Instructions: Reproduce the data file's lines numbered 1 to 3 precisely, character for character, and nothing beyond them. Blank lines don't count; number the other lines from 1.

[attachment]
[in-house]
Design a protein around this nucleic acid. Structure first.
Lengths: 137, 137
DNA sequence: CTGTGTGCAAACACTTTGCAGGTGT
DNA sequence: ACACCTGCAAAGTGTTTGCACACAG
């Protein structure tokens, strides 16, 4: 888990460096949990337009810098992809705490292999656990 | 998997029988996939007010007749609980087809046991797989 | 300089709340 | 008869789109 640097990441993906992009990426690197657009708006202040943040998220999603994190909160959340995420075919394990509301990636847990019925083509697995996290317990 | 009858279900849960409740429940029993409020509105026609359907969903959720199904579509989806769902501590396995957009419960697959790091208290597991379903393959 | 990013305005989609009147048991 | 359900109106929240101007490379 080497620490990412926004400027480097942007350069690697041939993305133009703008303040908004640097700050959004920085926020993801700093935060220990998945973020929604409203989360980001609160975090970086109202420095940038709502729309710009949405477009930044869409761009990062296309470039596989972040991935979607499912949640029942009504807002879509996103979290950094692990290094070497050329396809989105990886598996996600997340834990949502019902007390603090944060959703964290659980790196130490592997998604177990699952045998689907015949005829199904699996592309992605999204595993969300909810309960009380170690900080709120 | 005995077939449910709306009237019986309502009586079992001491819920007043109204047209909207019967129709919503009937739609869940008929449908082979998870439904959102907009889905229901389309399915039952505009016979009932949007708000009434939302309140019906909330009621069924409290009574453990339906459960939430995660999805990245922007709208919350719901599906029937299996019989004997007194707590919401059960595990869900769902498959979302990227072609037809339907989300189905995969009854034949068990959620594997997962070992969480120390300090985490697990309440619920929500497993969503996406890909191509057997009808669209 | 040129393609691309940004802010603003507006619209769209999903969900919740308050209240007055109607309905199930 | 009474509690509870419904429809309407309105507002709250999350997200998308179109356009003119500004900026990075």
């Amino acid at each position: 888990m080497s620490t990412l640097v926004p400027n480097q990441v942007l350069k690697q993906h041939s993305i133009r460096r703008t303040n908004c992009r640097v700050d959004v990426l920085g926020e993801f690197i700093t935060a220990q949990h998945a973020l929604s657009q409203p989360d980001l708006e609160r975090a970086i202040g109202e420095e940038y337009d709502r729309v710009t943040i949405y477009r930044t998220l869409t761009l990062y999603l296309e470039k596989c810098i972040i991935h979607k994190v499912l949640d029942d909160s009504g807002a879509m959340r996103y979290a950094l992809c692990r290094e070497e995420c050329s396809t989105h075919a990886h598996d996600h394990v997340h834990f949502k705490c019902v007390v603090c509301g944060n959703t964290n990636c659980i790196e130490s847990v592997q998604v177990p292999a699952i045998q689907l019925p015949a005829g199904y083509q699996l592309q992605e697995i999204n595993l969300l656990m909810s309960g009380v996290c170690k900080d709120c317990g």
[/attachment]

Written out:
[in-house]
Design a protein around this nucleic acid. Structure first.
Lengths: 137, 137